In a widescale operation involving Microsoft, industry partners, academics and law enforcement agencies, the notorious Rustock botnet was shut down on Thursday.
Rustock was responsible for almost half of the world's spam, according to security firm Symantec. The botnet was believed to control a network of more than a million computers, enabling them to send out as many as 40 billion spam emails per day selling everything from software to discounted drugs like Viagra and Cialis, although many of the products were said to be counterfeit.
The takedown, dubbed Operation b107, severed the connection between the command-and-control (C&C) servers, which send out instructions from the Rustock operators to the global network of infected computers, Richard Boscovich, senior attorney, Microsoft Digital Crimes Unit, said in a blog post Thursday on a Microsoft site. Most people are unaware that their PC is infected and part of the botnet operation.
Rustock is malware spread by a trojan downloader that collects email addresses found on the computer on which it is installed and turns the computer it is installed on into an engine for sending spam email, T.J. Campana, senior program manager at Microsoft Digital Crimes Unit, told SCMagazineUS.com on Friday. "It also enables the Rustock controller (known as a bot herder) to command the computer for a variety of other online attacks beside spam at any time," he said.
This was the second takedown of a major botnet in a joint effort between the Microsoft Digital Crimes Unit (DCU), Microsoft Malware Protection Center and Trustworthy Computing – known as Project MARS (Microsoft Active Response for Security). A year ago, the team was responsible for shutting down the Waledec botnet.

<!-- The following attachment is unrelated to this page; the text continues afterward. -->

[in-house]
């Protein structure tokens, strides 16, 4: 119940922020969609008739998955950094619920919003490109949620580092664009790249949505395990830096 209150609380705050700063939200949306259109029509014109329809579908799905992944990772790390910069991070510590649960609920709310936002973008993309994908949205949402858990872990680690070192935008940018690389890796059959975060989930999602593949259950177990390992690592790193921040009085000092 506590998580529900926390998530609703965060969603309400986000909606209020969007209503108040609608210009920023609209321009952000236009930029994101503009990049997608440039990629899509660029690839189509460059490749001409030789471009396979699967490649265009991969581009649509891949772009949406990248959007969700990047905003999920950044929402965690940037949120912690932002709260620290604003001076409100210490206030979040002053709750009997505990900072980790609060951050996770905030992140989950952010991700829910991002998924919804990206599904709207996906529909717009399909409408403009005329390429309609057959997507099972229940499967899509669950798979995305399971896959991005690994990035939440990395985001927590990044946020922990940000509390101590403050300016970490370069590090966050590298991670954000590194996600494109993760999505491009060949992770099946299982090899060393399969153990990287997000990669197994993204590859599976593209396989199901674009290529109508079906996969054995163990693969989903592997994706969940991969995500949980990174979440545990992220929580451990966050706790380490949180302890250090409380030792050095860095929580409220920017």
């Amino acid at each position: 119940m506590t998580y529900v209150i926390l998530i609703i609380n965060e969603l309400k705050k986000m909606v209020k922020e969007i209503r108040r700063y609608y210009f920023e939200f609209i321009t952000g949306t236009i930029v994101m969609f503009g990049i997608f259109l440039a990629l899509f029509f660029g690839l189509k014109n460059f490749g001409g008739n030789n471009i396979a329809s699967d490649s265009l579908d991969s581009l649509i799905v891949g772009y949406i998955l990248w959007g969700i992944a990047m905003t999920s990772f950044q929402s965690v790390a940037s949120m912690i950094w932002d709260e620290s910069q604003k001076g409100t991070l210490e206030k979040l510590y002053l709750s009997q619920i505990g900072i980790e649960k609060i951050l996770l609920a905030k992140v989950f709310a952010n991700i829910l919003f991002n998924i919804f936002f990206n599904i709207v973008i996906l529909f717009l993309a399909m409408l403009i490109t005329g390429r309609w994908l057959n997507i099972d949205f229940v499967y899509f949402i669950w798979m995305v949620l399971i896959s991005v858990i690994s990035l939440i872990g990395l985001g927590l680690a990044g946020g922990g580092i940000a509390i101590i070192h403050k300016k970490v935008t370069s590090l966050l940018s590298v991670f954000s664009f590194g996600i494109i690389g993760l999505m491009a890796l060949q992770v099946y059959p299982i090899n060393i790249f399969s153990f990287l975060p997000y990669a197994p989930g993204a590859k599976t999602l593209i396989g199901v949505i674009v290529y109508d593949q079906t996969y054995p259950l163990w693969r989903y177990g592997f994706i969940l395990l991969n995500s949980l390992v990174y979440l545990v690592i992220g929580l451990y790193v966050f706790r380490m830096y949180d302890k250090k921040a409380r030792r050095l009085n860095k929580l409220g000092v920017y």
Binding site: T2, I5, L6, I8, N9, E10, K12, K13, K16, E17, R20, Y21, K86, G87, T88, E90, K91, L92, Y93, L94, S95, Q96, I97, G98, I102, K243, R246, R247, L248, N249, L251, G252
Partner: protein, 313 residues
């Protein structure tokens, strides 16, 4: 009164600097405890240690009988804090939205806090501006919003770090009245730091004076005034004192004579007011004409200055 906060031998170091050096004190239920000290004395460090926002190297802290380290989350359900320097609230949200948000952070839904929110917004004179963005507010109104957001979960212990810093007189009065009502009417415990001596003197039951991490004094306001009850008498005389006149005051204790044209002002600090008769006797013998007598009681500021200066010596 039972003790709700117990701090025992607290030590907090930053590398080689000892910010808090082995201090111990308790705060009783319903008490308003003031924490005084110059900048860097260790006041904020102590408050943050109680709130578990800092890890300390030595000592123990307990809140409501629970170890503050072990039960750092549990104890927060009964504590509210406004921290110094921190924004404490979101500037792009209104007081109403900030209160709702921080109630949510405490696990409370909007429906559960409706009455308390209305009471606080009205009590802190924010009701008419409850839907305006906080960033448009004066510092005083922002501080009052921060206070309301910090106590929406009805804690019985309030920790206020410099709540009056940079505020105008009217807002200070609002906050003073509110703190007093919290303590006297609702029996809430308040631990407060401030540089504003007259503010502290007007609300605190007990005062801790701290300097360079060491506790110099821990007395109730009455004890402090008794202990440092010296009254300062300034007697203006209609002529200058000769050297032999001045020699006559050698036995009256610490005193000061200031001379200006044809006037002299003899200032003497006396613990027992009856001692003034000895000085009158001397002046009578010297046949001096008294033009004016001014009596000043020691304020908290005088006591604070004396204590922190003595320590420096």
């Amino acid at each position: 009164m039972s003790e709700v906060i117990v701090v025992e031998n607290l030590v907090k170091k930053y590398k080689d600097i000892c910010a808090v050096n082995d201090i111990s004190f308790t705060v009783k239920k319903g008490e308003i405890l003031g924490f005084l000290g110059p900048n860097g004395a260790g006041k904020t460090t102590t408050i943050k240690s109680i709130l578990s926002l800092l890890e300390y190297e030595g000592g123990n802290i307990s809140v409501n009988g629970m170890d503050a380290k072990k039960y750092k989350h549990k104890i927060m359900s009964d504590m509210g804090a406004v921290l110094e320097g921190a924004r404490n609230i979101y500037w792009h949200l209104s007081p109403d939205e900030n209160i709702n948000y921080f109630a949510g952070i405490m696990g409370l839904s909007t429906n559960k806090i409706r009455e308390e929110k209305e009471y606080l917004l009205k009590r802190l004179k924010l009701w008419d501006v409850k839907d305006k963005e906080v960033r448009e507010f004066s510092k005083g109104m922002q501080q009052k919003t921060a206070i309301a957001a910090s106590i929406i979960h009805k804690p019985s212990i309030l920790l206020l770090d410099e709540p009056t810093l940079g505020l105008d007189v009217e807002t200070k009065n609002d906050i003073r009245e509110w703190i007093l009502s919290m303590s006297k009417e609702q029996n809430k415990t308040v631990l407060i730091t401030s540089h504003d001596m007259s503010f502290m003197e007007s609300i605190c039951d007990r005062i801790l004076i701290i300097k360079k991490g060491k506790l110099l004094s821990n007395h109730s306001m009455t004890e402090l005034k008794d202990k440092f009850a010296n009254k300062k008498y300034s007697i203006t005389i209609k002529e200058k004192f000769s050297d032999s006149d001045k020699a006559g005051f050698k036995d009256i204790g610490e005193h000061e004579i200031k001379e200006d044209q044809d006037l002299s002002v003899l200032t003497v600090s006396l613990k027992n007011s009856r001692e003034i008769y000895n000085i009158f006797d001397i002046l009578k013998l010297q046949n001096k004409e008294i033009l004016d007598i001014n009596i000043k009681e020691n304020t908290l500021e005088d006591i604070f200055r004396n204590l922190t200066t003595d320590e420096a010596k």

"To be confident that the bot could not be quickly shifted to new infrastructure, we sought and obtained a court order allowing us to work with the U.S. Marshals Service to physically capture evidence onsite and, in some cases, take the affected servers from hosting providers for analysis," Boscovich wrote.
Servers were absconded from five hosting providers operating in seven cities in the United States, with assistance from the upstream providers. This operation severed the IP addresses that controlled the botnet, cutting off communication and disabling it, he said.
Getting Rustock offline followed a year-long investigation by DCU and its partners, culminating in a civil suit filed last February in federal court in Seattle. Microsoft is said to have prompted the actions because the spam operations flood the company's Hotmail email servers with activity that also affects customers' internet use. In the suit, unsealed on Thursday, Microsoft also claimed that Rustock was infringing on its trademarks as some advertisements tied the Redmond giant's name to the spam offerings.
In addition, Rustock spam used Microsoft's trademarks to lure people into lottery scams – also known as advance fee fraud – in which spammers attempt to convince people that they've won the lottery and need to send the spammers some amount of money to collect the larger lottery winnings, Microsoft's Campana said. "The takedown was done to address a threat to everyone's health and safety, including our customers."